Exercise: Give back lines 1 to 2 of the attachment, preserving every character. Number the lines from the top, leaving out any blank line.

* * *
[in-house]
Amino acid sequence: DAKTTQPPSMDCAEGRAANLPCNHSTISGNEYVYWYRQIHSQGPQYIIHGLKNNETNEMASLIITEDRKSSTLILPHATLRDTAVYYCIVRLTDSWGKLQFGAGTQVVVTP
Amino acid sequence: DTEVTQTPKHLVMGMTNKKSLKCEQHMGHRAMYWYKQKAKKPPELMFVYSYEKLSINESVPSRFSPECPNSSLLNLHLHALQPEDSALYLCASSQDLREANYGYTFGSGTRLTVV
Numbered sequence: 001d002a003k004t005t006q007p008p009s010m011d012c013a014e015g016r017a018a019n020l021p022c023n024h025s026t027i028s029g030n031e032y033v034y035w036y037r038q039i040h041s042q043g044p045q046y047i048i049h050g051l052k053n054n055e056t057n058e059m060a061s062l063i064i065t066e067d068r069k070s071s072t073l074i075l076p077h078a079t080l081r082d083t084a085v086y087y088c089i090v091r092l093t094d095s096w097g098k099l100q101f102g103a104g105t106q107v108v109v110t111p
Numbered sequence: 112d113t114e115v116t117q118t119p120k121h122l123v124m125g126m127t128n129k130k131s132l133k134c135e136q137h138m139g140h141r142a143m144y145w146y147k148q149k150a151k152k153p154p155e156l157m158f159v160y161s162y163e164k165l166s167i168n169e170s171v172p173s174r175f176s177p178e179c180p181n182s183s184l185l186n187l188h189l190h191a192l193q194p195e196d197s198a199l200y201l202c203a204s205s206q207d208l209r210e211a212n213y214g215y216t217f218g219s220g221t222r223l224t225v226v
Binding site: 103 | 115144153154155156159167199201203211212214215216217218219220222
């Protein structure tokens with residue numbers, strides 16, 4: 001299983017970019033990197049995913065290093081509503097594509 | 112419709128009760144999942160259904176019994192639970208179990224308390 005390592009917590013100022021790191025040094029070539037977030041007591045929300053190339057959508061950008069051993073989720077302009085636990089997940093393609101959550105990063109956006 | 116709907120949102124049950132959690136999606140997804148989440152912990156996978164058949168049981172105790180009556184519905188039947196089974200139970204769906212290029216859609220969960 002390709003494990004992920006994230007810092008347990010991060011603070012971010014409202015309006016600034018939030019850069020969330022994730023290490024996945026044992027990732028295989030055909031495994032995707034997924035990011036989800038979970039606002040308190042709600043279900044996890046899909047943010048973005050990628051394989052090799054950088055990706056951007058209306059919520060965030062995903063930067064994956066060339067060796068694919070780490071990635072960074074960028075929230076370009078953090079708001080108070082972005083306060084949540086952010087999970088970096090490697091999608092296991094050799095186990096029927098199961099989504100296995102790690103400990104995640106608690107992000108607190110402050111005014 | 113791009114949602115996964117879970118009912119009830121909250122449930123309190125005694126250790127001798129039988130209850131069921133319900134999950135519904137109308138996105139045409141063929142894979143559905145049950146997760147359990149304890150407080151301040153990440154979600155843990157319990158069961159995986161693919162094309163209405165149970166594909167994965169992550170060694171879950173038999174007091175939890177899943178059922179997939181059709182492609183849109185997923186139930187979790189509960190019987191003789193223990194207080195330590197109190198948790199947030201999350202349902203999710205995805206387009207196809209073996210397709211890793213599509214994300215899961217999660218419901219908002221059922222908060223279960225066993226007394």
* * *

[in-house]
Amino acid sequence: DAKTTQPPSMDCAEGRAANLPCNHSTISGNEYVYWYRQIHSQGPQYIIHGLKNNETNEMASLIITEDRKSSTLILPHATLRDTAVYYCIVRLTDSWGKLQFGAGTQVVVTP